Instagram feed

17 November 2013

First Day in Delhi

My friend Swag, whom I'm staying with, picked me up from the airport. I got through security really quickly and was one of the first to pick up my luggage. It was good timing, as he parked his car (coincidentally) exactly where I was waiting.

Drove to his place, but first we stopped by the mall (Ansal Plaza) for breakfast.  The mall has the same kind of security checkpoints as malls in the Philippines, which are pretty useless. We ate parathas (thin bread filled with spiced meats or vegetables). I saw the cinema and thought "oooh, I must watch an Indian movie while I'm here."

At Swag's apartment, I dropped off my stuff, called home to say hi and that I'm all ok. The cleaner came and cleaned the whole place. Cricket was on the television, they were honoring Sachin Tendulkar who had just played his final test match.

Went to the Ambience Mall; parked underground, again going through security. Shopped for clothes. I bought a shirt at a store called and a suit which I had tailored. Somehow I forgot to fill up my wallet with the money I had exchanged at the airport, so Swag had to spot me for my shopping.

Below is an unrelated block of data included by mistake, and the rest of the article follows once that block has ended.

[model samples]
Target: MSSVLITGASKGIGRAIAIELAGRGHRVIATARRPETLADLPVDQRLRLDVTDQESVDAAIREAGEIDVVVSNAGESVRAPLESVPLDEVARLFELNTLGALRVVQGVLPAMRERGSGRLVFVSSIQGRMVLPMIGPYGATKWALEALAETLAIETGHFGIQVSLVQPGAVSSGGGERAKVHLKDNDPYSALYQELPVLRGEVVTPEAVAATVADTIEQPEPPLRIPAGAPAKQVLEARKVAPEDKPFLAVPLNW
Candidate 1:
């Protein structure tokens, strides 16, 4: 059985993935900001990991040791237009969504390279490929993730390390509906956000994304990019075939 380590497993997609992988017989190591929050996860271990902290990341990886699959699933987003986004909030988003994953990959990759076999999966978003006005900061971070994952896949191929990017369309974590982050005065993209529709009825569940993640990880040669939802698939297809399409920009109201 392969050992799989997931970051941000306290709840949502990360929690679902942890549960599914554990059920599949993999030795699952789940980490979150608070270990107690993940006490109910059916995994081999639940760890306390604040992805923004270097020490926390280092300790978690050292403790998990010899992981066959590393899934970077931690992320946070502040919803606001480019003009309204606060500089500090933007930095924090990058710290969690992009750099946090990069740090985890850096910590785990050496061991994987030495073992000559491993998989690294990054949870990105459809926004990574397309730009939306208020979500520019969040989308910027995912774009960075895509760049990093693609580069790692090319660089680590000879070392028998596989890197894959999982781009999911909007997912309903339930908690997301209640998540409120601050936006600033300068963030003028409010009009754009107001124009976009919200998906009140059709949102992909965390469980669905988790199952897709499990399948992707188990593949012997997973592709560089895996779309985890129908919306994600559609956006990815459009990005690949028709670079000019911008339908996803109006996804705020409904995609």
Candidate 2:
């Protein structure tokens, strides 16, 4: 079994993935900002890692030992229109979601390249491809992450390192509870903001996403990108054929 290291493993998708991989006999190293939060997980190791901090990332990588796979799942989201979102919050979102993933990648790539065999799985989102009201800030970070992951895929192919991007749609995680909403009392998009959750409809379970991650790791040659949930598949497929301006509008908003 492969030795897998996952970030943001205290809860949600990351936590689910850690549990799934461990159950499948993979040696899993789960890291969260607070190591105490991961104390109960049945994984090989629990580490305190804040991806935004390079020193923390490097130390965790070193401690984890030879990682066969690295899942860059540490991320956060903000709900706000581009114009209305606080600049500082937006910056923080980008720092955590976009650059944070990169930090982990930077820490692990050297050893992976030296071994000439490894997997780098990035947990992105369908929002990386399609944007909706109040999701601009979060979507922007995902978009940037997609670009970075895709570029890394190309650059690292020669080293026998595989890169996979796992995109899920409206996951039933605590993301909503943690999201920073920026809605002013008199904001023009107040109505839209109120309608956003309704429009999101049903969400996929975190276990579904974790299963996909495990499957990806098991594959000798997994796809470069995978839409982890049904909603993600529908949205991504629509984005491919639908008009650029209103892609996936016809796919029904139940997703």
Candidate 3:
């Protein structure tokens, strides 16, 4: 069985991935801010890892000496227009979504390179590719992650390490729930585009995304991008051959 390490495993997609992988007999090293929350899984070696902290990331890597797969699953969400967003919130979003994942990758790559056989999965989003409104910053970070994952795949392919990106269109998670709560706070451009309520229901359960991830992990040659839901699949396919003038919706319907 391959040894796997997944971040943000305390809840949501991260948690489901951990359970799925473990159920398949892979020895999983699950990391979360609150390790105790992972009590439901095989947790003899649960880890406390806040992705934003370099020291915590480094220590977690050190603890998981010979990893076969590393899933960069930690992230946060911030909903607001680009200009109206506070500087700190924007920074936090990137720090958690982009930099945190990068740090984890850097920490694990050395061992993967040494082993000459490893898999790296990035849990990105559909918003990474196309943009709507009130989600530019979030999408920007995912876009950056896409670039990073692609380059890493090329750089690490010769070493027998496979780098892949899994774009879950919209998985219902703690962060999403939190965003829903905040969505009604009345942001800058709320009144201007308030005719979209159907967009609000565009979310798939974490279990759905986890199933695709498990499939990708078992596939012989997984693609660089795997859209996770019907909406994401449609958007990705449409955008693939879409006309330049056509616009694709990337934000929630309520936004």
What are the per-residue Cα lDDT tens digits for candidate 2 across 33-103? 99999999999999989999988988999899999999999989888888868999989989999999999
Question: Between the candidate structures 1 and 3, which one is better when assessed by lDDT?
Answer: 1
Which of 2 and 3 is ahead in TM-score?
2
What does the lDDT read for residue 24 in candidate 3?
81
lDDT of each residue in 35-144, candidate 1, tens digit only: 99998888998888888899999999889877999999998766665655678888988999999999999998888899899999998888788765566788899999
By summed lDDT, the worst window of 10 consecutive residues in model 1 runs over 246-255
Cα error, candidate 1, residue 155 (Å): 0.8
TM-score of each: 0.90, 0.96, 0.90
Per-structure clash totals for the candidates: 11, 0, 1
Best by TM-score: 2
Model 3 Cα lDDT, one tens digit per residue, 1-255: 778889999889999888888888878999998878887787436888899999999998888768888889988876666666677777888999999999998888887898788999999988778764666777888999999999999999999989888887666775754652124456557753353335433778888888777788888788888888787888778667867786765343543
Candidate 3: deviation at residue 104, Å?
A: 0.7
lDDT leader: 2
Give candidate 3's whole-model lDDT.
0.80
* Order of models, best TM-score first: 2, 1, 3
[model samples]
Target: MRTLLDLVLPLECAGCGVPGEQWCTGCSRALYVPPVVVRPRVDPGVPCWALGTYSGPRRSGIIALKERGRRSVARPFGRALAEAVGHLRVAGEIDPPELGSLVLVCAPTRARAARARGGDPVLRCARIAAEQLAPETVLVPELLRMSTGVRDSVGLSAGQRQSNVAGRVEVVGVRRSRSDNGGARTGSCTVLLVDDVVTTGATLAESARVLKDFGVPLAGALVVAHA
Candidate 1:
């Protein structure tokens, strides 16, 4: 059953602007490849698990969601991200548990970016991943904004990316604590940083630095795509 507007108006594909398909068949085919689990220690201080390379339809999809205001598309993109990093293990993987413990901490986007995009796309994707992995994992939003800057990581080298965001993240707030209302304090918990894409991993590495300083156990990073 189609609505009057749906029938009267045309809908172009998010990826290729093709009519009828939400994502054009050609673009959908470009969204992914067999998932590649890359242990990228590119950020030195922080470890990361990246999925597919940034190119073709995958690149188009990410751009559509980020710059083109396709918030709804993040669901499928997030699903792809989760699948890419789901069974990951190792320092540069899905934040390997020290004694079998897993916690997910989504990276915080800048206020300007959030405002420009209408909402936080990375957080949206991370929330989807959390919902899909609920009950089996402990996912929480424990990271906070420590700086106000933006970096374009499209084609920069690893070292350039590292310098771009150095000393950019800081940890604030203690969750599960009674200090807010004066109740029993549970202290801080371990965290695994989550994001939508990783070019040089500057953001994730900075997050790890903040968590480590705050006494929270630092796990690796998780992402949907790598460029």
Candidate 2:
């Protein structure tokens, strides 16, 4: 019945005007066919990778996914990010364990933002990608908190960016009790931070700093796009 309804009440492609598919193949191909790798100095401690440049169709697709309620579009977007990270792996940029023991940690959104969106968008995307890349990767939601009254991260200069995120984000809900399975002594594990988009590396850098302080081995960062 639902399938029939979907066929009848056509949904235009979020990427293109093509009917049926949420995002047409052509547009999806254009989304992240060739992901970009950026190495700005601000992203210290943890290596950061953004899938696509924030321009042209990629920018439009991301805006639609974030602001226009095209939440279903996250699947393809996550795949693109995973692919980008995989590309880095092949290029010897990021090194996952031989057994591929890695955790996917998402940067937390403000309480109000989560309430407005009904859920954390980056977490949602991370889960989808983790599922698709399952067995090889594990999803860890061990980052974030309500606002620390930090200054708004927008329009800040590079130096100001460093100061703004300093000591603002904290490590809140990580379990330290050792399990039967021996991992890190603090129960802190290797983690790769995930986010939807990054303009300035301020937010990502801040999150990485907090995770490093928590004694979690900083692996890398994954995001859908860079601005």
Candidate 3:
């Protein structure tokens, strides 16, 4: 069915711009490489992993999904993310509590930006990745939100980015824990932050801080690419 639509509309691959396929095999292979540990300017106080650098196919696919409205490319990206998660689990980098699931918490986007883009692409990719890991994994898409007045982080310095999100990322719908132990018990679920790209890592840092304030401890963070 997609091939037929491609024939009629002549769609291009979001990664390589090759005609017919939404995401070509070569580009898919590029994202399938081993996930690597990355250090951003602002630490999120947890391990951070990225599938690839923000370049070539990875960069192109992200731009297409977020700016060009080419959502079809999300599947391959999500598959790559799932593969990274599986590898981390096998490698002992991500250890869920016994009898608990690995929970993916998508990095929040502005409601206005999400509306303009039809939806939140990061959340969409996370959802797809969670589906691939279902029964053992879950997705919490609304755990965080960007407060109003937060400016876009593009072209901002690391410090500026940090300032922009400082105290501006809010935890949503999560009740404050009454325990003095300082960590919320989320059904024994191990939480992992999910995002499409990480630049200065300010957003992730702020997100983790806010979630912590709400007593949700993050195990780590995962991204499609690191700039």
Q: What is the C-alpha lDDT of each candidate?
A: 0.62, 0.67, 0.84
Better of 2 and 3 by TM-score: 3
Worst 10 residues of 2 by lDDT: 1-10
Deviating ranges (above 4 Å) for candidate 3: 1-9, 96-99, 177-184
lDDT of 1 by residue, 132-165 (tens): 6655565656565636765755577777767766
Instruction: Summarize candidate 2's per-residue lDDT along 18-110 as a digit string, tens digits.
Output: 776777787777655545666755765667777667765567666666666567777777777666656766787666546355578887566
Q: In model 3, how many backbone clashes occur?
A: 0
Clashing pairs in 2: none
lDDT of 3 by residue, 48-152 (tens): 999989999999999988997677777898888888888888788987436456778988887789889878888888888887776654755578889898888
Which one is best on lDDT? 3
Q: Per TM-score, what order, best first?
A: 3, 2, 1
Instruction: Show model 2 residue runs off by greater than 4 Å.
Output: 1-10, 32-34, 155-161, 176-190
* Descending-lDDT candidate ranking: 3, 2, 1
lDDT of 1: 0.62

We had to wait for 1 hour for the tailor to make my suit (such quick service) and so we had lunch in the mall. Tried some Maharashtra burgers/sliders. We also tried some Indian Chinese food, which I wasn't very impressed by. Anyway, I'm trying to "take it easy" the first day with my food intake, so that I don't get the infamous "Delhi belly".

After shopping at the mall, we drove to the nearby metro station, which had just opened a few days before. The new "Rapid Metro." It is really nice an modern, and contrasts with the half-built dusty construction scenes outside.

We took the Rapid Metro to the regular Metro, which took maybe 45 minutes to get into the city. We cruised through the suburbs, and more and more people got on. I noticed that the crowd was 90% male. Weird. Apparently there's an all-female car at the very front of each Metro train. By the time we got into the city, it was totally packed.

It's also a bit weird to say, and stupidly obvious, but noticeable to me: Everyone here is Indian. There was maybe one African man amongst 5000 Indian people on the metro. I don't know if I've been in such a homogeneous place.

People were also wearing jackets, sweaters, and vests. Even though it was maybe 24°C outside. This is cold weather in India. (At night, the temperature does drop to around 12°C, which definitely needs a light jacket, but during the day, no way!) The air is dry and filled with dust.

We got off at the station named General Secretariat, and walked around to see some official government/parliament buildings. This was New Delhi. The sun was going down, so Swag and I rushed to see as much as possible before it got dark. The Parliament building and surrounding area were closed off. The Secretariat buildings were nice, and there was a nice view looking out into the hazy smoke, toward the iconic arch in the distance, India Gate.